The main thing you need is the Microsoft.Azure.Services.AppAuthentication NuGet library. But we will also need the API’s App ID URI. It is used to tell MSI (and by extension, AAD) which API we want a token for. You can also use the API’s client id/application id, I just prefer using the URI.
Then getting the token is done like so (running in the MSI-enabled Web App):
<span class="hljs-keyword">var</span> azureServiceTokenProvider = <span class="hljs-keyword">new</span> AzureServiceTokenProvider();
<span class="hljs-keyword">string</span> apiToken = <span class="hljs-keyword">await</span> azureServiceTokenProvider.GetAccessTokenAsync(<span class="hljs-string">"https://joonasapps.onmicrosoft.com/358eb915-816a-4f74-860b-eb0906ab0b0d"</span>);
If we inspect the token received in a tool like jwt.ms, we can see that the access token contains the necessary
<span class="hljs-attr">"aud"</span>: <span class="hljs-string">"https://joonasapps.onmicrosoft.com/358eb915-816a-4f74-860b-eb0906ab0b0d"</span>,
<span class="hljs-attr">"roles"</span>: [
We can now attach the token to a request to the API, and get secure access to it without ever specifying any secrets in the app itself.
For development environments, you will have to do a slightly different approach. Since in there you can only use the AppAuthentication library to get a user context access token. That works well for things like Azure Key Vault, but in this case we are using app permissions, which won’t apply to the user.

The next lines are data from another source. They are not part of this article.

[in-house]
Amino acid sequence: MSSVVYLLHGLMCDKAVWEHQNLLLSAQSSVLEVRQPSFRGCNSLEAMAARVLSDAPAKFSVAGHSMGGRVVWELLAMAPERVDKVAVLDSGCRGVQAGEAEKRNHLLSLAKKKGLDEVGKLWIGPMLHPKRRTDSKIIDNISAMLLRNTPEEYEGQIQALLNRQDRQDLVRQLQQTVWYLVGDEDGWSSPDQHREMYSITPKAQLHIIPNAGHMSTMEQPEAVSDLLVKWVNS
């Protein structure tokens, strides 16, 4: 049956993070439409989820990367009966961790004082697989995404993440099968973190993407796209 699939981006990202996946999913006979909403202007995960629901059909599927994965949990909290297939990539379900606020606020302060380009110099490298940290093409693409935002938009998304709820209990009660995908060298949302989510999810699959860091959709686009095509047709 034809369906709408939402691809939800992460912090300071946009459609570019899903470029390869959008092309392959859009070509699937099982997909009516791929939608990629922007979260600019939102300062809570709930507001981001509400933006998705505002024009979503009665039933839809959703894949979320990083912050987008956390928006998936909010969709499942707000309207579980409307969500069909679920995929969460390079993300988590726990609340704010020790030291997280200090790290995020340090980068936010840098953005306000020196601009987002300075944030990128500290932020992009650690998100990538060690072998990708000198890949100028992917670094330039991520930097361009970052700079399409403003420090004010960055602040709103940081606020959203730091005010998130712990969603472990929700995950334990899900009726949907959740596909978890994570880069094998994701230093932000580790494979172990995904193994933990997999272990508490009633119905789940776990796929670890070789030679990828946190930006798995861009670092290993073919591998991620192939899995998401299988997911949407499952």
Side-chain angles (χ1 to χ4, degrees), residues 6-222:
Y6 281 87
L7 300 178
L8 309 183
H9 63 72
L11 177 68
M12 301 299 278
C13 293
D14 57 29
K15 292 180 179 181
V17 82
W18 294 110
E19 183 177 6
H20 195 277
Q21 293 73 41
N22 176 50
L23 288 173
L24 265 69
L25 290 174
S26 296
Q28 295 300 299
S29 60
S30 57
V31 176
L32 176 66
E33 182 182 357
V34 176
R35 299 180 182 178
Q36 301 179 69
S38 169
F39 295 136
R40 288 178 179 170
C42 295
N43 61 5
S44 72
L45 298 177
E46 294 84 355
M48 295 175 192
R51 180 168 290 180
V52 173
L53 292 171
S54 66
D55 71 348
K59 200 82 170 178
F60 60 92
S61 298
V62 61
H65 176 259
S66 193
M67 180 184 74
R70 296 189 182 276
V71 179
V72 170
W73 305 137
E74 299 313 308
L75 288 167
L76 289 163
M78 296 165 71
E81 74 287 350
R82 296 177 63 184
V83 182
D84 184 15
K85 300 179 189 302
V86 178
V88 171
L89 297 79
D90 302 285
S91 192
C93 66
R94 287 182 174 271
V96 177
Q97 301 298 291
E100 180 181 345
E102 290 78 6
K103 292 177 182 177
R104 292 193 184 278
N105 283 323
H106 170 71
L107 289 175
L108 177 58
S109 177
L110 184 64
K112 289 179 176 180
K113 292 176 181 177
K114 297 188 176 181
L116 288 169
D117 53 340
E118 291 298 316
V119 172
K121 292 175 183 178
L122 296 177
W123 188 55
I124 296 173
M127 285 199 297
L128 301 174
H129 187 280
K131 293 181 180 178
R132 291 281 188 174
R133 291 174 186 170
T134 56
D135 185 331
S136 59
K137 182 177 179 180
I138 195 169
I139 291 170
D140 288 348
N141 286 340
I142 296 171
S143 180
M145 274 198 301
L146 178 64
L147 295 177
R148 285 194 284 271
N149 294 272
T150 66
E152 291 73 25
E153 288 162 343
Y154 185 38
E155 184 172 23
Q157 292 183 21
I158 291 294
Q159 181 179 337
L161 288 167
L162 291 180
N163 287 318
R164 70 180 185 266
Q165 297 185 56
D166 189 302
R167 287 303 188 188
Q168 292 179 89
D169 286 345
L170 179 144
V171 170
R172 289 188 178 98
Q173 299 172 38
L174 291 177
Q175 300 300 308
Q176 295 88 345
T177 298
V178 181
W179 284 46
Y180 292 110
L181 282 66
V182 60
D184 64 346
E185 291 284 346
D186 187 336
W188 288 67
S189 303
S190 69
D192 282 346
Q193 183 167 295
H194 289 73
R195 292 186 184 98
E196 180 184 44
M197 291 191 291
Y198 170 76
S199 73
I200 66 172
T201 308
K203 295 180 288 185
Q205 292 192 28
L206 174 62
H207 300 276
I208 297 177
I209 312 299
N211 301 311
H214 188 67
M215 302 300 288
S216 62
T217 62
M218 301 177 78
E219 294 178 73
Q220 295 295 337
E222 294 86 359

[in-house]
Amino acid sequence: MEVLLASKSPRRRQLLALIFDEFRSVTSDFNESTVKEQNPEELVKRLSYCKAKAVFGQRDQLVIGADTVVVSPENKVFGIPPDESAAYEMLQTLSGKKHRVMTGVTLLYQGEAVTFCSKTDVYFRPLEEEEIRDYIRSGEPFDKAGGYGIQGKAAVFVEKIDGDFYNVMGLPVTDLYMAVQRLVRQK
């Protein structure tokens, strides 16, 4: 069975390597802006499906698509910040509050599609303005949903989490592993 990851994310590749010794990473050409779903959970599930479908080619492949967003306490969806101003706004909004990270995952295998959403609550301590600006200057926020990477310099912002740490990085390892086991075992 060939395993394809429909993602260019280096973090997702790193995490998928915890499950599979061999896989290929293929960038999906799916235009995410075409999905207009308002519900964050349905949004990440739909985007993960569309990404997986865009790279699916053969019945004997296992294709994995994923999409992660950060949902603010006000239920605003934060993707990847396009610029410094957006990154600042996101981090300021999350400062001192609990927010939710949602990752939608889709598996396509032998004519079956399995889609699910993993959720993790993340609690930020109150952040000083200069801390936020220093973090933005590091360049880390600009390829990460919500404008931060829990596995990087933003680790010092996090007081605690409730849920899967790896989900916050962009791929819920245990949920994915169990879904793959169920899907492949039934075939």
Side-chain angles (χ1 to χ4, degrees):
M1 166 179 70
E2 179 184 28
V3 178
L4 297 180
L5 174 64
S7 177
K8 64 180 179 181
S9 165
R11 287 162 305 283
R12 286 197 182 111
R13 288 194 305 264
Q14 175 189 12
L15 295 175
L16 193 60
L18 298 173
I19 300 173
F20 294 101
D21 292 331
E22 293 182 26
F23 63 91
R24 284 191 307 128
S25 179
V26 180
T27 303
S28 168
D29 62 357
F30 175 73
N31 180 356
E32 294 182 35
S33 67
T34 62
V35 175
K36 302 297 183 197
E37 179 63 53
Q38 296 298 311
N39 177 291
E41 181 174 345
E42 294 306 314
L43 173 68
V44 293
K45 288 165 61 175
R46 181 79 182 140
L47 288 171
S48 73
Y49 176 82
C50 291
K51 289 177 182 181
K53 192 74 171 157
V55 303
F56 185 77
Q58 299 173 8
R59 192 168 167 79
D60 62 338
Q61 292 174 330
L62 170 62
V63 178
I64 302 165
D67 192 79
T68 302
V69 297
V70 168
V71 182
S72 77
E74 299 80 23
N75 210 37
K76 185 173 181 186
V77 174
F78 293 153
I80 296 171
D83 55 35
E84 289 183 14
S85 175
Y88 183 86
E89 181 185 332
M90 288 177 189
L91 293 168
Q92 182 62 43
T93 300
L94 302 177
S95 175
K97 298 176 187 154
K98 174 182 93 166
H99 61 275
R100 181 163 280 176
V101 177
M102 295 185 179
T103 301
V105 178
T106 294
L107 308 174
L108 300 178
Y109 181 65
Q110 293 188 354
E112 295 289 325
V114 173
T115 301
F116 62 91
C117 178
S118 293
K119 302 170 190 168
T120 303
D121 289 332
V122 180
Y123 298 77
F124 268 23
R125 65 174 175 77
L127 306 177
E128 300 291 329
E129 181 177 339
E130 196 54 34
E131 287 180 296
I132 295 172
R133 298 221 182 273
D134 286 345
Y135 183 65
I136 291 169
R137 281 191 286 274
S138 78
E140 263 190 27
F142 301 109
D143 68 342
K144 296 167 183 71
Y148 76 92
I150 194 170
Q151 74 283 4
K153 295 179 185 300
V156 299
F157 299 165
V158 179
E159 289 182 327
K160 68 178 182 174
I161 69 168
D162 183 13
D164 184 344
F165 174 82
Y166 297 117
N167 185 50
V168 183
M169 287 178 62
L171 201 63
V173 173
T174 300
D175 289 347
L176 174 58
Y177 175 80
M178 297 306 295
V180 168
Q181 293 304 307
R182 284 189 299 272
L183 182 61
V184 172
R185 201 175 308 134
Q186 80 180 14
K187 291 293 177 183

One hack that might work, would be to make the app role (app permission) assignable to users as well, and assign it to the user you are using in the dev environment. But that is a bit of a hack.
Might be easier to use client id + client secret in dev, and have at least two separate app registrations in AAD for the API. That way you can assign the app used in development environments permissions to the dev API without giving those keys access to production environments.
This was something I thought of that might be possible when AAD MSI was published, and I am happy it was relatively easy to implement. You do need to do some digging to find all the identifiers, but you get better at knowing where to find those as you gain experience.
About the Author:
Joonas is a software developer and Azure MVP specialising in Azure AD and Azure’s PaaS offerings for Web applications.
Westlin, J (2018) Calling your APIs with Azure AD Managed Service Identity using application permissions. Available at: https://joonasw.net/view/calling-your-apis-with-aad-msi-using-app-permissions. [Accessed 31 July 2018]